Seasonal movements

Some species that we think of as residents also undertake movements at certain times of year. Often in the winter, migrants from other populations in Europe boost populations in Britain and Ireland. These movements are often related to severe periods of weather or a shortage of food.

Lapwing is a good example of a species that can be affected by severe cold weather, causing populations on the Continent to evacuate their traditional wintering areas and move westwards to Britain and Ireland in search of milder conditions. They usually return when the conditions improve, often before the spring. Lapwings breeding in Britain and Ireland are partial migrants, with many remaining through the winter close to their breeding grounds whilst others migrate. Information from ringing shows that Lapwings from the north and northwest of Britain move westwards in the autumn, with some going to Ireland and others into France and Iberia. Lapwings from the southeast part of Britain move mainly southwards to France and Iberia. 

Starling map

Starling

From late summer, migrant Starlings from as far as Scandinavia, the Baltic States, the Low Countries, Germany, Poland and Russia join our residents. By mid-winter the population can be huge with up to half a million roosting in some places. The map shows the movement of Starlings from a broad geographical area into Britain and Ireland.

Siskin map

Siskin

Siskin that breed in Britain and Ireland generally winter near to their breeding areas, although some movements are made on a north-south axis, depending on food supplies and weather conditions. A few of our breeding birds go as far as the Low Countries, France and Iberia to winter.

Information from ringing shows that during the winter, large numbers of Siskins from Scandinavia join our population. The pattern of ringing recoveries suggest that some birds from Scandinavia move south to the Low Countries before crossing to England and some will continue towards Iberia and even as far as the Mediterranean and Central Europe.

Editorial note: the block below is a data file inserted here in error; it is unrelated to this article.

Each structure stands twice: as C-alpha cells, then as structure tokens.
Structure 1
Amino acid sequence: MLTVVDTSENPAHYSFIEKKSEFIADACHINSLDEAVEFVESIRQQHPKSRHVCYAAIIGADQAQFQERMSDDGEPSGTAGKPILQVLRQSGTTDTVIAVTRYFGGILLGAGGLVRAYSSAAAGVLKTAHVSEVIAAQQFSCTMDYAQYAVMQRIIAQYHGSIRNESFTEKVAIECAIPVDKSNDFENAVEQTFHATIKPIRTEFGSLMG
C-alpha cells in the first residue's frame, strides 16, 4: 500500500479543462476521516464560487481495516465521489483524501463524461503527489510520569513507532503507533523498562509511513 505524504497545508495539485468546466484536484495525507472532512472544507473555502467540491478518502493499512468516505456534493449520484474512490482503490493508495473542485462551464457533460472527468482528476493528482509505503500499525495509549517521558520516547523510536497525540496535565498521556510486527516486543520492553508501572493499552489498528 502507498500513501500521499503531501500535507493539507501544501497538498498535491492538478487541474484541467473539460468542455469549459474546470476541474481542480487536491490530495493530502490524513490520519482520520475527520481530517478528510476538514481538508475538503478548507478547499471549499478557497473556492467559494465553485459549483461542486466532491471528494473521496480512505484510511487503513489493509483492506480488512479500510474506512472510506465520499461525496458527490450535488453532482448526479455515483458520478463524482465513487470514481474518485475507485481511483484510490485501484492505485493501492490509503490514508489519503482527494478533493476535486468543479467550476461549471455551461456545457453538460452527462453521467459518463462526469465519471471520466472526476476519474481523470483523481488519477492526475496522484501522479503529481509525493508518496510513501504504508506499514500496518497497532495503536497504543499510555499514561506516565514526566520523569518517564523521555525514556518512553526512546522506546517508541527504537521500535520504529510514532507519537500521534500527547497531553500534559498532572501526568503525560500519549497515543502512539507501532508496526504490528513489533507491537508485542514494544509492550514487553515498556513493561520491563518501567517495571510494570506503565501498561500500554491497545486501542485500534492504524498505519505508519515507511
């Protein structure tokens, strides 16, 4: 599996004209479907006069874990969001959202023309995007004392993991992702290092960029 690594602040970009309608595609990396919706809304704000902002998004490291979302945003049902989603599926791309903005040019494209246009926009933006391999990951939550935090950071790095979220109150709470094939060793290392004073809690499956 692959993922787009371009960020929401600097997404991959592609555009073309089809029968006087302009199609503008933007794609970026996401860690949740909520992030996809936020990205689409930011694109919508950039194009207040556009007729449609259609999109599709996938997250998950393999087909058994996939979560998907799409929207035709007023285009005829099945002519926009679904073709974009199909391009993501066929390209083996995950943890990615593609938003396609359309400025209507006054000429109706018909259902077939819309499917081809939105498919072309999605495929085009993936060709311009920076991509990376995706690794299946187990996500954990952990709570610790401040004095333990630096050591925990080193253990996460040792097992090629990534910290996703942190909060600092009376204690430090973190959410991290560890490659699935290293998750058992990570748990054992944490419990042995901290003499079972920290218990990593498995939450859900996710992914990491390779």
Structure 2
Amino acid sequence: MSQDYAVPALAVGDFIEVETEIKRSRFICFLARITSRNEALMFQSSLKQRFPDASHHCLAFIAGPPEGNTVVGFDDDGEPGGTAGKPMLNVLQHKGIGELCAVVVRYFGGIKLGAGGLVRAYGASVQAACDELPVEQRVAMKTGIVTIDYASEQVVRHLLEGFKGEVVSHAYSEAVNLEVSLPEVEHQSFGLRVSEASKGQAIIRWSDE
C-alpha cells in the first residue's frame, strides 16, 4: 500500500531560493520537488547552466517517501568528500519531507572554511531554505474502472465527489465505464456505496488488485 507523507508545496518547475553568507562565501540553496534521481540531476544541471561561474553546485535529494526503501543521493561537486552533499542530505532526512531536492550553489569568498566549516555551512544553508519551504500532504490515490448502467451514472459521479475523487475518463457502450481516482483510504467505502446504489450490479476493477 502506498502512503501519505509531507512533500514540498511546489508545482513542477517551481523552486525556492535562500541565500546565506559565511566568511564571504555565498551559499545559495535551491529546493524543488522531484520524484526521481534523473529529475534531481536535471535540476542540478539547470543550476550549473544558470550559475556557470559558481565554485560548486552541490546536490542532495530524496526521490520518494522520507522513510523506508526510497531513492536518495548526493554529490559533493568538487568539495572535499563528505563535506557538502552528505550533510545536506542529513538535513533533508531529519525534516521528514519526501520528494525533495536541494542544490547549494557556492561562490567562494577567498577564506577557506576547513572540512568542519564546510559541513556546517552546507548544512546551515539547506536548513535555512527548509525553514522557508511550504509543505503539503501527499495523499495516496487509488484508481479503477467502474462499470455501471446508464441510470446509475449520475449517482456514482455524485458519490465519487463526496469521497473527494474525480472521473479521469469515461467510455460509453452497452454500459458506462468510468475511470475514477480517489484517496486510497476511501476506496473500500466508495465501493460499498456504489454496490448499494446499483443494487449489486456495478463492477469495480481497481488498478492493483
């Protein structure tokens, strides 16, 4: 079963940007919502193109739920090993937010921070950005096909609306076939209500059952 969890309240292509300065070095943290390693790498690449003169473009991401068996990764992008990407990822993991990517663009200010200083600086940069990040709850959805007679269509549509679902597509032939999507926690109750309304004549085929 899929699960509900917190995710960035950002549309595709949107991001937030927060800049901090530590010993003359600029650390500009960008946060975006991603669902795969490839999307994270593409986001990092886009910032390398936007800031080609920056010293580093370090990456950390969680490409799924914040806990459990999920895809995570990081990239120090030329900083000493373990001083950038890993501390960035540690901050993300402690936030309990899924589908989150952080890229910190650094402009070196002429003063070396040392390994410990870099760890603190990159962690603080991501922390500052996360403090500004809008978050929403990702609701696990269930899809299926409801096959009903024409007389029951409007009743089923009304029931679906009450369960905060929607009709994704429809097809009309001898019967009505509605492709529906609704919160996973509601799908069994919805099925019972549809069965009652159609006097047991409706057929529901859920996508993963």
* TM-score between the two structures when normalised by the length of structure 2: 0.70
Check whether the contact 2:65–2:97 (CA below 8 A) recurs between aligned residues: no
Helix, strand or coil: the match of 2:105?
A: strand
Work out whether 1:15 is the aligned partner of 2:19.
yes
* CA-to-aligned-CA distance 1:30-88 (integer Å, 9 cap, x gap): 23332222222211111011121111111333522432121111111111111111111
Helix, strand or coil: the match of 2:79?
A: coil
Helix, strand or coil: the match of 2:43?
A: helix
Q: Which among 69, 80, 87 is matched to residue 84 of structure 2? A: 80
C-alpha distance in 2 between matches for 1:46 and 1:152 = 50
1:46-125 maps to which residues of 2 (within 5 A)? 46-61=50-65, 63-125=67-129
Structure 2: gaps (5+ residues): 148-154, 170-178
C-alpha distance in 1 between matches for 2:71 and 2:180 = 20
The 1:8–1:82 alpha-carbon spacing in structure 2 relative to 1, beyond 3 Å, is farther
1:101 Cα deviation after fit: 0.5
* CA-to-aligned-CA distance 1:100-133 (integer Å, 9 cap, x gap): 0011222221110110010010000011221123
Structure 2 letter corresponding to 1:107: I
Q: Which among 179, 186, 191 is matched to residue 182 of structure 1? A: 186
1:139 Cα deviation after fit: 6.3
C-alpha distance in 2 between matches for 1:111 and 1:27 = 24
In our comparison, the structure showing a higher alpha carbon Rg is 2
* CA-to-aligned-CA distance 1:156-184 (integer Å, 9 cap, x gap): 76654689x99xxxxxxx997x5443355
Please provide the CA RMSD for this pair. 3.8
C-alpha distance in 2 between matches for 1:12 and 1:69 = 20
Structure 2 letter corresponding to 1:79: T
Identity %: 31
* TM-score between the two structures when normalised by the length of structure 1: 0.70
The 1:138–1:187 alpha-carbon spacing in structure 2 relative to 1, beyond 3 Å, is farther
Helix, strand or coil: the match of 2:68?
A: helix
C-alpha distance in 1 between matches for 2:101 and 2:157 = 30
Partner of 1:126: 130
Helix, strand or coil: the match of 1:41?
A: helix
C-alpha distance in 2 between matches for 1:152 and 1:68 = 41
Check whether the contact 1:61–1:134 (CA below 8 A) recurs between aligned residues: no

Birds on Passage

Dunlin by Tommy Holden

Some species pass through Britain and Ireland in the spring and autumn but do not linger here to breed. Classic passage species are Little Gull, Black Tern, Pomarine Skua and Long-tailed Skua. These species breed further east in eastern Europe, Scandinavia and into Russia yet their migration route brings them through Britain and Ireland. The weather plays an important role too and periods of easterly winds in the spring are more likely to bring Little Gulls and Black Terns to us. Small numbers of Little Gull also winter off our coastline but it is primarily a passage species.

During the spring and autumn many waders pass through Britain and Ireland on their way from breeding grounds in the high Arctic to wintering grounds further south. For some wader species like Dunlin, Sanderling, Grey Plover, Turnstone part of their population chose to winter here whilst another part of the population will continue south and winter in Africa.

The two maps below show the different strategies taken by two species of wader; Turnstone and Ruff. The map shows two populations of Turnstone; those breeding in Greenland and arctic Canada will winter in Britain and Ireland (green arrows) whilst those from Scandinavia will pass through Britain but will continue south to winter along the coast of West Africa.

A very small number of Ruff breed in England so most of the birds we see are passage migrants. Numbers in spring are quite low but the autumn passage is much bigger and a few even stay here all winter. Ruff breeding in Scandinavia and Arctic Russia pass through Britain and the Low Countries on a broad front and winter in Africa from Senegal east to Mali.

Ruff map
 

Ruff

 
Turnstone map

  Turnstone
 

Autumn migration 

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